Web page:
Skin Tone: cherry blossom
Stomach Status: mauve
Location: Madurai, TN
The anticipation is palpable; people crowd the rooftops next to me, phones at the ready, raised for the modern Indian salute to the sun. 6am, Kanyakumari, the southernmost tip of peninsular India. Already bright, I can see temple street bustling below– busy at 11pm, busy at 6am- and beyond, a statue, a monument to someone or other, a deity or a reforming politician perhaps, rising from the windswept waters where three seas cover Gandhi’s ashes.
All true. It was the morning of my third day’s cycling and I, bleary eyed, had stumbled out of my £6 lodge room to mark the spiritual start to my journey. From here northwards.
This gloss doesn’t fully capture it though. As with the Hindu god, there are many lenses to see India through. Kanyakumari also has the faded feel of some English seaside towns: grand promenades to ‘Sunset Point’ where a stray dog searches through litter, pausing occasionally to look out to sea (at what?); or boarded up shops – ‘Sentosa shopping district’, one was flatteringly called. Even the ‘do not dump litter’ sign was torn apart with bits blowing in the wind.
There is also a sureal side, to my eyes at least: a man collecting wood from a rubbish heap next to a posh villa, and loading his tall bundle onto a pink moped. Or a flying fox silhouetted against the sky, next to Madurai temple’s impressive gopuram.
Much else besides, like the traffic, has passed me in a blur. Too little and too much for any real conclusions yet. I have met scores of people, forgotten many names and been captured in countless selfies (an obsession here): students, tuktuk drivers, a protester of police brutality, builders, petrol pump attendants, businessmen young and old, UN disaster relief consultants, even a local politician and I have chatted with yet others on mopeds for several kilometres as they idle along (and I sweat). People have been near universally friendly, sometimes exceedingly so, and keen to engage – none of the hard haggling or hassling (these southerners tell me that is more a northern thing).
Paraphrasing Forster, however, in even the most eventful of days, for much of the time nothing happens. For the most part, I cycle and my thoughts wander all to the rhythm of my pedalling: 1,2,3,4,5,6,7,8 when I’m powering on or something sounding suspiciously like ‘just-keep-swim-ming’ on the slower sections. Yesterday, 100km, was my longest day, and a total of around 350km so far. Enough to have received some important cycling lessons:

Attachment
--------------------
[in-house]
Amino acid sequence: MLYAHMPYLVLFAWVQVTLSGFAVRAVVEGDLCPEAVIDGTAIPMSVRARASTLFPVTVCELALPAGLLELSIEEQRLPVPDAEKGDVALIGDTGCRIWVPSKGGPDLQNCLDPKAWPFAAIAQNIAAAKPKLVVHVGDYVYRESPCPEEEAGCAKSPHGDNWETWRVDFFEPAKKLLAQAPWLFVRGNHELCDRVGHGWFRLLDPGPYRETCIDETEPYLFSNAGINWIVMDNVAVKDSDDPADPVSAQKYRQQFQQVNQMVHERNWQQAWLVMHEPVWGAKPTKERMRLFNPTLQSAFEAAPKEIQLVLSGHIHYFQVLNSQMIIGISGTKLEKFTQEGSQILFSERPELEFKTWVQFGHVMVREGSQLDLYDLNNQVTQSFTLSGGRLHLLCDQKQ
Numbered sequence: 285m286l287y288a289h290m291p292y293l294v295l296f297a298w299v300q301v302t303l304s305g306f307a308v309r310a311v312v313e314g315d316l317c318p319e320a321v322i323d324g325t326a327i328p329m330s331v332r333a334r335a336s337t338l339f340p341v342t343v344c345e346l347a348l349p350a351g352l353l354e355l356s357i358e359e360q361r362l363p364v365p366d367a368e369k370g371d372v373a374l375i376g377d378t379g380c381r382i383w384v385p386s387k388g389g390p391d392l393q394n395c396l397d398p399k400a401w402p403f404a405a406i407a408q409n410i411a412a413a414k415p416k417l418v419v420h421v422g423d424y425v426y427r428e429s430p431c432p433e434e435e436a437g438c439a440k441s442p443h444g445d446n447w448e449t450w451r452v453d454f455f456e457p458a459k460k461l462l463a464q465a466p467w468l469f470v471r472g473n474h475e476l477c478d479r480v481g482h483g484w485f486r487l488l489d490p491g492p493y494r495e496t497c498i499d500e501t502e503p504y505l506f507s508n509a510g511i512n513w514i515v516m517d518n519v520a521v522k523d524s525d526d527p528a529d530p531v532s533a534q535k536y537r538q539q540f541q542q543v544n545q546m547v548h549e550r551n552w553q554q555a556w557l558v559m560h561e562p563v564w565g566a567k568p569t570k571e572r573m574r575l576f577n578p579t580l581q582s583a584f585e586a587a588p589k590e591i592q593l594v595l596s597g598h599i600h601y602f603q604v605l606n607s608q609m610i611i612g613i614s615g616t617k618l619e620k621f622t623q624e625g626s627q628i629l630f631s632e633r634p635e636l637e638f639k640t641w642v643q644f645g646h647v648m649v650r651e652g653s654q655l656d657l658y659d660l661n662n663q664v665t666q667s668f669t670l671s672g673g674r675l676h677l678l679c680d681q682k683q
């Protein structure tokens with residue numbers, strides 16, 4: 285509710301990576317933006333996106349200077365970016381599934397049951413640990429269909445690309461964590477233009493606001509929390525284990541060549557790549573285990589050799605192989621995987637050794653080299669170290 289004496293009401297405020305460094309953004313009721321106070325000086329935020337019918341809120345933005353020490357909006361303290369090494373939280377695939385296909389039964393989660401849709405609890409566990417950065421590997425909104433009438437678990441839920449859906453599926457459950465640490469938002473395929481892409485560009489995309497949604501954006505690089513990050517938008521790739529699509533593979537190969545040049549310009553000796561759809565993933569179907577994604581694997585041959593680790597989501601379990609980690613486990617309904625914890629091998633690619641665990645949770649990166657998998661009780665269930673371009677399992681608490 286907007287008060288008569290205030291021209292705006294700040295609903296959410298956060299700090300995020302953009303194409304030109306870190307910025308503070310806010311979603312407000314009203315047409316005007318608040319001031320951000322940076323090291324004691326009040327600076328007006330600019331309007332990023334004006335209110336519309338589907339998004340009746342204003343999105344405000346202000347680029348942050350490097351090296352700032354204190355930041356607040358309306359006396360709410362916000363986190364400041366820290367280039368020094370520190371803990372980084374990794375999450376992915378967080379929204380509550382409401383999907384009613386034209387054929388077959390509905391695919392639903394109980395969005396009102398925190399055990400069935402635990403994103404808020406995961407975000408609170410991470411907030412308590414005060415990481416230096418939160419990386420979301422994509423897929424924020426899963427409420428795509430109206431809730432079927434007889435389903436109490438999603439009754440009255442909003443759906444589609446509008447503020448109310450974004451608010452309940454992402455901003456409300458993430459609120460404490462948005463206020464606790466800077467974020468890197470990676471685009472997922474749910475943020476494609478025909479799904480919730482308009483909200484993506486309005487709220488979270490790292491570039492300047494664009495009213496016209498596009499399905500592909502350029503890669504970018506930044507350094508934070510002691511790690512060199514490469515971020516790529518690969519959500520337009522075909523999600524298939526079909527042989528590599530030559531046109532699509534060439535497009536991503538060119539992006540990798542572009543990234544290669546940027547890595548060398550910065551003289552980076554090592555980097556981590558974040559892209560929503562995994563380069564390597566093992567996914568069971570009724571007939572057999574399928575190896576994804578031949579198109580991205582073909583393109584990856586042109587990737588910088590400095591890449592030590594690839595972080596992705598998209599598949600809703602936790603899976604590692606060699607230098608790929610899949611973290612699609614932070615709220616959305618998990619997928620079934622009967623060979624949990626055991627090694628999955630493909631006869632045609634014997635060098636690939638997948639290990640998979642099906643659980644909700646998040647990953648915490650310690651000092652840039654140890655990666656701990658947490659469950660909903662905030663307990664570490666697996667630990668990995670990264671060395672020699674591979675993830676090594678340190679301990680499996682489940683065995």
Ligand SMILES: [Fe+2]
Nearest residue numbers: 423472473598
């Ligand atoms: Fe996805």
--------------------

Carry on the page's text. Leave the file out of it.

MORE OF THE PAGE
Traffic – easier than you might think perhaps because I am not the weirdest thing on the road! Chai carts, mopeds going the wrong way, a cow, goats, and an elephant and a smattering of pedestrians, everything uses these roads. Be careful of buses otherwise just enjoy the slalom! Oddly too the highways are often the quieter roads – less traffic and less beeping!
I am starting to understand why people choose panniers. With my normal bags piled high and strapped with bungee chords my steed had a tendency to rear up. Embarrassing the first time…and the second.
Flip-flops don’t work as cycling shoes, especially when combined with sand and water from a beach side pit stop.
The sun god is powerful in these parts. Luckily, like me, he doesn’t feel properly together until about 11am. Day 1 I started at 11am cycled for 80km and after a detour into the western Ghats (one of those ‘ well I’ve taken the wrong turn I might as well just re-join the road further south’ situations that added some unexpected hairpins to the journey) finished at about 6 in the evening. Yesterday I started at 7am.
I’ve also had my first (bike) breakdown, a fairly major one as my rear derailleur sheared clean off. After looking at it in that ‘probably the cylinder head gasket, mate’ way one must when one has no idea, and prodding it in the hope that it would weld itself back together, I put out my thumb and remarkably but not unexpectedly given how friendly people are, the first van stopped and said something incomprehensible in Tamil, to which I responded with a stream of incomprehensible English and a lot of pointing. After a brief diversion to a building site, I was sitting in a bike shop where hammer, wrench and a do-the-trick part soon had me back on the road.
One last thing I will share, and to me the strangest thing: how normal everything seems! Honing in on any individual detail, it is exotic, foreign and yet the whole somehow leaves me feeling oddly culturally unshocked. Why, I don’t yet know.
Now, where shall I go tomorrow?